At the bottom of the squat, well past 90 deg, it’s common to see a person's pelvis tuck under (rotate backward), which pulls their lumbar spine into flexion … and of course, this is under the load of the squat. This is often referred to as a ‘butt-wink’. This is a movement fault. It needs correcting immediately.
If you’ve got a “butt-wink” when you squat, have someone teach you how to squat without it. It will require significant concentration to begin with, but is well worth the effort in the long run.
3. Hollow Rock
You’re lying on your back, curling into a sit-up, and reaching forward with both arms at the same time as you’re lifting both legs, rotating your pelvis backwards … all leading to a flexed lumbar spine that is loaded with the weight of your legs and upper body, and the compression caused by the contraction of your hip flexors.
Note: Some people have the opposite occur during this exercise. The pelvis rotates forward, and their lumbar spine arches. This can cause an ache too ... which is why you need to INVESTIGATE the pain in the context of your exercise so you can assess what's really going on.
It can be very helpful to have someone investigate this with you.
In each of these cases, a simple solution might be teaching the athlete to maintain their lumbar spine in a neutral position during the exercise, not letting their spine arch or curve forward, and then using these VERY EXERCISES to rehabilitate the athletes pain - as long as the movement pattern is corrected and is pain-free.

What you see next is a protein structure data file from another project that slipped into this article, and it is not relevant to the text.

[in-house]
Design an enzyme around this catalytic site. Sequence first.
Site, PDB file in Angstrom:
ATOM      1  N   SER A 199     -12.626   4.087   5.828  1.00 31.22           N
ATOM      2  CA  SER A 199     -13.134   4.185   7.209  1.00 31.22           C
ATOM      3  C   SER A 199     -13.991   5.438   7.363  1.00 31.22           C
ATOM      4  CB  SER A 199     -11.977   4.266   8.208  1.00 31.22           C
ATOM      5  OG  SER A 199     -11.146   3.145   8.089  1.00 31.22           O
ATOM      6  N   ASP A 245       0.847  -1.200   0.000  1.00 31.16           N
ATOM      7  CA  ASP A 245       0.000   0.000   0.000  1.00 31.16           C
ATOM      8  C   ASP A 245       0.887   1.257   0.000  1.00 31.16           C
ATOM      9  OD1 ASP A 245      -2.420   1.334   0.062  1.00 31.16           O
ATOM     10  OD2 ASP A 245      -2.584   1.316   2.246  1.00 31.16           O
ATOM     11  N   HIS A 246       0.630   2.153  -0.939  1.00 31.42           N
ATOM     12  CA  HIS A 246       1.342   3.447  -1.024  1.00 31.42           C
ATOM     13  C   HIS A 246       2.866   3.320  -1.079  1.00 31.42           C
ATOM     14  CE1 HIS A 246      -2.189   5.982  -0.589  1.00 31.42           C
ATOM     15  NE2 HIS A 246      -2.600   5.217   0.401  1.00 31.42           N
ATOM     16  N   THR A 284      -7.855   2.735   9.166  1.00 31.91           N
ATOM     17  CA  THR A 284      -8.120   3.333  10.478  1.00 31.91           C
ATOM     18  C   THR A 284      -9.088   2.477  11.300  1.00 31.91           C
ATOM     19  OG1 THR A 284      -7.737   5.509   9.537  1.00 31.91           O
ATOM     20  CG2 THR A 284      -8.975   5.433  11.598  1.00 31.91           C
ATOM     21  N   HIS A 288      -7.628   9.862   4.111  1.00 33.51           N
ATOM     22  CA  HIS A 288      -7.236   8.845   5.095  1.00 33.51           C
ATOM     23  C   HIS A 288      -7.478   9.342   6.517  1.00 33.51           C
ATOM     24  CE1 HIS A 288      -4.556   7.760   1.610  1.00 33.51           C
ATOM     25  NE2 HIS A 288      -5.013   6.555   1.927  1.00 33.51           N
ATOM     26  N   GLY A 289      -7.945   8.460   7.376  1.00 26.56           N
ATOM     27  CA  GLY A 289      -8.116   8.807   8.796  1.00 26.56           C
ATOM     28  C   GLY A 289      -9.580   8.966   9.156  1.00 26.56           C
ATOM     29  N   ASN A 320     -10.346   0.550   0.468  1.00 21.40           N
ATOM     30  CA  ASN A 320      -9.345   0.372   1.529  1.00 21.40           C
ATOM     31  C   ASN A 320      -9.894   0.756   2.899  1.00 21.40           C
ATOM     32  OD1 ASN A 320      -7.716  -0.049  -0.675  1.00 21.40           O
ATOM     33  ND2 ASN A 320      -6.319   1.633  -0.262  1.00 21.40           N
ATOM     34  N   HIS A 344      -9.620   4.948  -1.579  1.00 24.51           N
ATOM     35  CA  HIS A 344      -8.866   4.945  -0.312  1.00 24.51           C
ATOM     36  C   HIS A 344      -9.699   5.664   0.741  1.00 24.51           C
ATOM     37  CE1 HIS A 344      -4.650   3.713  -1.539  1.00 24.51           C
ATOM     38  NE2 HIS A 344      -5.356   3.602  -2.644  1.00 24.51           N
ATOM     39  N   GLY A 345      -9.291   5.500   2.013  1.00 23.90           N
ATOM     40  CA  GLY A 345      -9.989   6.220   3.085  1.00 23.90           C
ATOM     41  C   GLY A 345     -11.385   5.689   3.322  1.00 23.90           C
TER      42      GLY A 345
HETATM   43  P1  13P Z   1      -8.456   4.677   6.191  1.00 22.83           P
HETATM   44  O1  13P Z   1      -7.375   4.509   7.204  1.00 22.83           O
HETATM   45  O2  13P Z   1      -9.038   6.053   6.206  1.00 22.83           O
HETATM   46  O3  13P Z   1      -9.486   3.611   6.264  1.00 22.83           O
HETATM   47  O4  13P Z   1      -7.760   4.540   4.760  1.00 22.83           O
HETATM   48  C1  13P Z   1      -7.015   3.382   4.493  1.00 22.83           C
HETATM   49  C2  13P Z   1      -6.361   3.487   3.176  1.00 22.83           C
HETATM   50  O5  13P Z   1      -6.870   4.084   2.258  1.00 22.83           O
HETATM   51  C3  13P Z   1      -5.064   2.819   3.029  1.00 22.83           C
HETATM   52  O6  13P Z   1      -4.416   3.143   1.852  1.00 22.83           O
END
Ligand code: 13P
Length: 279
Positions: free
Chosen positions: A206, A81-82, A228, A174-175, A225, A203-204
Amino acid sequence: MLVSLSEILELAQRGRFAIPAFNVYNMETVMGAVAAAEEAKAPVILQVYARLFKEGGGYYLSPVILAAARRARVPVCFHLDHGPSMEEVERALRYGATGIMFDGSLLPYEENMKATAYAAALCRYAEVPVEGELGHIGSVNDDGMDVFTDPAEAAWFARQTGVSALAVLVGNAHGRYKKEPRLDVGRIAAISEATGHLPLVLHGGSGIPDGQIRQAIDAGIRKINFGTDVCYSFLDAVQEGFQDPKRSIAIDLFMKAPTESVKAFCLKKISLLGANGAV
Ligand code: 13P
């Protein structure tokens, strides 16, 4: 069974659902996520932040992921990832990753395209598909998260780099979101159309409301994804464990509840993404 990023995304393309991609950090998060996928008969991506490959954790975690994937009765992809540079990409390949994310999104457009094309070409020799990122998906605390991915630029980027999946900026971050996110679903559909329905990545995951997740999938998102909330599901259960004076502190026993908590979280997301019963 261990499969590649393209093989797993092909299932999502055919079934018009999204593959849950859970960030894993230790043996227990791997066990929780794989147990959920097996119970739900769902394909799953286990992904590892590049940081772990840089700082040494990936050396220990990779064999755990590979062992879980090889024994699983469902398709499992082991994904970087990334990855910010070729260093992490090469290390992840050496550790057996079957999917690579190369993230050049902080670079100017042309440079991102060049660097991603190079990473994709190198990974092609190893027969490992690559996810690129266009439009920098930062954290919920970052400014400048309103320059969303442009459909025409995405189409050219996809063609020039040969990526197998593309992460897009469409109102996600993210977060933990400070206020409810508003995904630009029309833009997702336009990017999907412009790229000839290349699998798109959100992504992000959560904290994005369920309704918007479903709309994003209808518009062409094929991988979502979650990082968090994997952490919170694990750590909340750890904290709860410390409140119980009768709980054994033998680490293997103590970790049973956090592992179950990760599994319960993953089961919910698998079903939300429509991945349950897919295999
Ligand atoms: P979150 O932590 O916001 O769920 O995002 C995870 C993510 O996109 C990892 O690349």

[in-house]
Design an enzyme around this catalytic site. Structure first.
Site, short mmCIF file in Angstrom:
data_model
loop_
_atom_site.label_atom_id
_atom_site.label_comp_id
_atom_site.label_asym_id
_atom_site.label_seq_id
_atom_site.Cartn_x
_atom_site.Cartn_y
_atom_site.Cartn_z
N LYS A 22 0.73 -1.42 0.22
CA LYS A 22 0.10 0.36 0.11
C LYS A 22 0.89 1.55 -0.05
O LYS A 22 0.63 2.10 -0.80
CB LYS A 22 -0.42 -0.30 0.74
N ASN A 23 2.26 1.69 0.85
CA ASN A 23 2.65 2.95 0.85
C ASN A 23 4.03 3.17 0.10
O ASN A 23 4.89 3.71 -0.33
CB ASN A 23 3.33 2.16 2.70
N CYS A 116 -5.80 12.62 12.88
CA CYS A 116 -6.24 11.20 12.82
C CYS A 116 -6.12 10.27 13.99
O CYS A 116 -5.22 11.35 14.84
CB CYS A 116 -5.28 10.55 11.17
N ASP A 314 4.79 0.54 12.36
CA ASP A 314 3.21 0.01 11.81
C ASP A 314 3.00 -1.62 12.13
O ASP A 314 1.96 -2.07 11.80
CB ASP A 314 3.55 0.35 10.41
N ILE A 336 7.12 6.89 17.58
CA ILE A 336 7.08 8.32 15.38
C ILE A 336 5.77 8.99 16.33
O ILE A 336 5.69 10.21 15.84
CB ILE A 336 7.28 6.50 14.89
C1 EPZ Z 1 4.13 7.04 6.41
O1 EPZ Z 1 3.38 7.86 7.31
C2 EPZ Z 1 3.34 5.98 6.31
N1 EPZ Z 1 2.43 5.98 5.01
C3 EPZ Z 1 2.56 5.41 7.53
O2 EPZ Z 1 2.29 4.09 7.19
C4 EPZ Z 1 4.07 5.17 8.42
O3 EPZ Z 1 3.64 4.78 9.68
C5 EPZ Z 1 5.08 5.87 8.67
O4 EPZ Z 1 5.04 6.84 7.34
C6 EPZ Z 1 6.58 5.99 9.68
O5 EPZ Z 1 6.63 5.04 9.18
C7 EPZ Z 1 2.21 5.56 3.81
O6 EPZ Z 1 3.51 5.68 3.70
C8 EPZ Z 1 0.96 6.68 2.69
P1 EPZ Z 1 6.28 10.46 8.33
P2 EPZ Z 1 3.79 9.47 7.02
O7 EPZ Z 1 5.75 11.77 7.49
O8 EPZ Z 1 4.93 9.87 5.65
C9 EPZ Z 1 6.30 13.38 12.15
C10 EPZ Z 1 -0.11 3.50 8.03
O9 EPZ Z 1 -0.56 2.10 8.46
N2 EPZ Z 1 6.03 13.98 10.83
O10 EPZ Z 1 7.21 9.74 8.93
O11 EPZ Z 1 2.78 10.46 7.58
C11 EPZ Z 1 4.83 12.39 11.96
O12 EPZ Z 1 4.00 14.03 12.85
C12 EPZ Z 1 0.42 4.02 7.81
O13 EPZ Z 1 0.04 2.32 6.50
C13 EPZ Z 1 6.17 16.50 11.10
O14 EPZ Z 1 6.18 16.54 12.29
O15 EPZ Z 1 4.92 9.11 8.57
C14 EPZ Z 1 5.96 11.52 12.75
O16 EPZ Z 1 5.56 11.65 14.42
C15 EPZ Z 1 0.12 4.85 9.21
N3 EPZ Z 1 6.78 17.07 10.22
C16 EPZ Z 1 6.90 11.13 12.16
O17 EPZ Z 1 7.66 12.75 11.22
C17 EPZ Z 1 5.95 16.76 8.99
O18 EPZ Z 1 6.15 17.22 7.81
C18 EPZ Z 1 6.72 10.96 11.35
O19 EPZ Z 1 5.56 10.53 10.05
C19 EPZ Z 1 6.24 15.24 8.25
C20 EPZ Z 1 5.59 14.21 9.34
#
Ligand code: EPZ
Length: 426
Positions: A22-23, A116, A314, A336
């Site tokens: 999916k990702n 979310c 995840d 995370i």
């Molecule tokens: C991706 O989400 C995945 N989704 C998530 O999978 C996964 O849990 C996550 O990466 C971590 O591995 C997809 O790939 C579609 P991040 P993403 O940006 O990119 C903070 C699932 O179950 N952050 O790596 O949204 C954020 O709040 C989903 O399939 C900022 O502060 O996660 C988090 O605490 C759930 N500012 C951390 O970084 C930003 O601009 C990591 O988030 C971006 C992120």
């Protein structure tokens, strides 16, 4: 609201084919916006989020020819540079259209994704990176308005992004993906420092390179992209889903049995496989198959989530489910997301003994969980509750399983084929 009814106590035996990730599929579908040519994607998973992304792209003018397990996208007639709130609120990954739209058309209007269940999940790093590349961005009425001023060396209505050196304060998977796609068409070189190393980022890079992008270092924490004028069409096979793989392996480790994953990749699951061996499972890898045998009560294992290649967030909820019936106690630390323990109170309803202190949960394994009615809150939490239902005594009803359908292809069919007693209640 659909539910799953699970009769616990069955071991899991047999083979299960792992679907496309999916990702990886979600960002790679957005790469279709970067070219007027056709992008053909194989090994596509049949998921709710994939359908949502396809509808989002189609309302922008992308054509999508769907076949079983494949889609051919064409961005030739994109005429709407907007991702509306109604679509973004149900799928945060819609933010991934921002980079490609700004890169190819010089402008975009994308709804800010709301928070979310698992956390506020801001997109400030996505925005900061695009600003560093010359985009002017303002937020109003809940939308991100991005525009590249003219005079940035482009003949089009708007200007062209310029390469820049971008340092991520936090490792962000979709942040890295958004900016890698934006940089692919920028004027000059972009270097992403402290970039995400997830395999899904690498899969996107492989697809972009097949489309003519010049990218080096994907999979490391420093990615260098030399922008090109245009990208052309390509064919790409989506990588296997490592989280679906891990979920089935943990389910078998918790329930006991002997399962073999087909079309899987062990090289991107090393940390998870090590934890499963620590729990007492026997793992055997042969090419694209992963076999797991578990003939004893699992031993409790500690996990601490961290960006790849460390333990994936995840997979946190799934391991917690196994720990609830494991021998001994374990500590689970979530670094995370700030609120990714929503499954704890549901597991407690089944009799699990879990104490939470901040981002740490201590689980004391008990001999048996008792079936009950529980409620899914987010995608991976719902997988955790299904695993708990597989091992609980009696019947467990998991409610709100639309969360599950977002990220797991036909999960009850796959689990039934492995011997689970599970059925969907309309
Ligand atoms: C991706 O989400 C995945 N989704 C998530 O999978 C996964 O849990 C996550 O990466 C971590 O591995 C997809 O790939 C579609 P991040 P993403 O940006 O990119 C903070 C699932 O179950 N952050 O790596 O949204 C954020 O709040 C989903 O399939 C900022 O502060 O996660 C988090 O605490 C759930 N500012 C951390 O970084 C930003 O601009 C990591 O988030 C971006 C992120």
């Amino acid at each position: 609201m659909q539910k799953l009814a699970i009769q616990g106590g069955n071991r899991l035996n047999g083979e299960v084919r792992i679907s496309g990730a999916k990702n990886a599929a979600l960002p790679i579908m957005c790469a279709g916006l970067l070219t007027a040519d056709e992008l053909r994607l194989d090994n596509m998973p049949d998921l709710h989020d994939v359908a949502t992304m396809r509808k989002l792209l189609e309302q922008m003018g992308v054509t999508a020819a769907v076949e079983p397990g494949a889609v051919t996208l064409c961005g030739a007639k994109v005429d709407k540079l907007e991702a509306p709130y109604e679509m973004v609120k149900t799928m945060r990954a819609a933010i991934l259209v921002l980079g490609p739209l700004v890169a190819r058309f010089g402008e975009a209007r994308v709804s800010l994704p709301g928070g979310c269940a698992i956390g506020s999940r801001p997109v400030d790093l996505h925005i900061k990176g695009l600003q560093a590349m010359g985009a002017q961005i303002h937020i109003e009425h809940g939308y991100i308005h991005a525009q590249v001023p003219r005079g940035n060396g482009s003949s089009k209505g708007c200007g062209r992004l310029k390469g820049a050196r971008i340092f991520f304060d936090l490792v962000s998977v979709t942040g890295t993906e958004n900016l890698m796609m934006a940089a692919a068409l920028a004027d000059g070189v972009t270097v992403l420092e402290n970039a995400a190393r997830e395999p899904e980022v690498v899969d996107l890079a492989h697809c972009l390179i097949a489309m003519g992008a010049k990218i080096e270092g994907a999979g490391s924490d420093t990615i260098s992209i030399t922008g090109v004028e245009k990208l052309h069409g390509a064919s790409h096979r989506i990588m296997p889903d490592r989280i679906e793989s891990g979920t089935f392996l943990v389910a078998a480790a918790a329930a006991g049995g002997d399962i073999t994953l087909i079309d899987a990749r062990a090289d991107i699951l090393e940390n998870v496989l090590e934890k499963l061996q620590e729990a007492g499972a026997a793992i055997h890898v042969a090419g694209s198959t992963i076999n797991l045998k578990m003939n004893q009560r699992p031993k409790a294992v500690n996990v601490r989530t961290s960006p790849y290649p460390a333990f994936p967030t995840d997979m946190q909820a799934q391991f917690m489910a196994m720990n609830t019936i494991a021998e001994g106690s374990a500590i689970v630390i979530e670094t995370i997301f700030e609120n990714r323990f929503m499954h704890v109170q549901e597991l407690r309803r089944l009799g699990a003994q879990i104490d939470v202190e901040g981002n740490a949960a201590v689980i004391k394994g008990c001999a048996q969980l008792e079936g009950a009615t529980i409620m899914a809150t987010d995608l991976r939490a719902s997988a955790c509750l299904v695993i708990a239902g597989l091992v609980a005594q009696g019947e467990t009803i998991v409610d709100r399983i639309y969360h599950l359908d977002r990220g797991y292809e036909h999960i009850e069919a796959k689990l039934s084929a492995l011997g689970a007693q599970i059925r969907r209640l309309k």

And that's one way to use strength training and or CrossFit for rehab.
Here’s a specific example.
I have, more than once, finished work as an osteopath, with back pain. Usually a result of bending all day lifting body parts as part of my manual therapy (often loading the lumber spine in flexion). I drive to the Jiu-Jitsu academy (sitting in fixed lumber flexion). As I get out of the car (loading into flexion) I think, here we go again! I used to panic. Now, armed with my pre-workout routine often wrestle at full speed or lift at full loads and feel WAY better when I finish then when I was on route to the gym. In all honesty I am still improving my daily habitual use of neutral spine in the workplace.
Before I start the workouts, I am usually able to eliminate the pain using a process known as 'centralisation', which you can read about in this post here (READ IT HERE).
After I centralize my pain, I then do the workout ... 3, 2, 1, GO!
Guess what happens when you do a deadlift while keeping your back in neutral? You’re not loading your spine in a flexed position.
And what happens if you squat while keeping your back in neutral? You’re not loading your spine in a flexed position.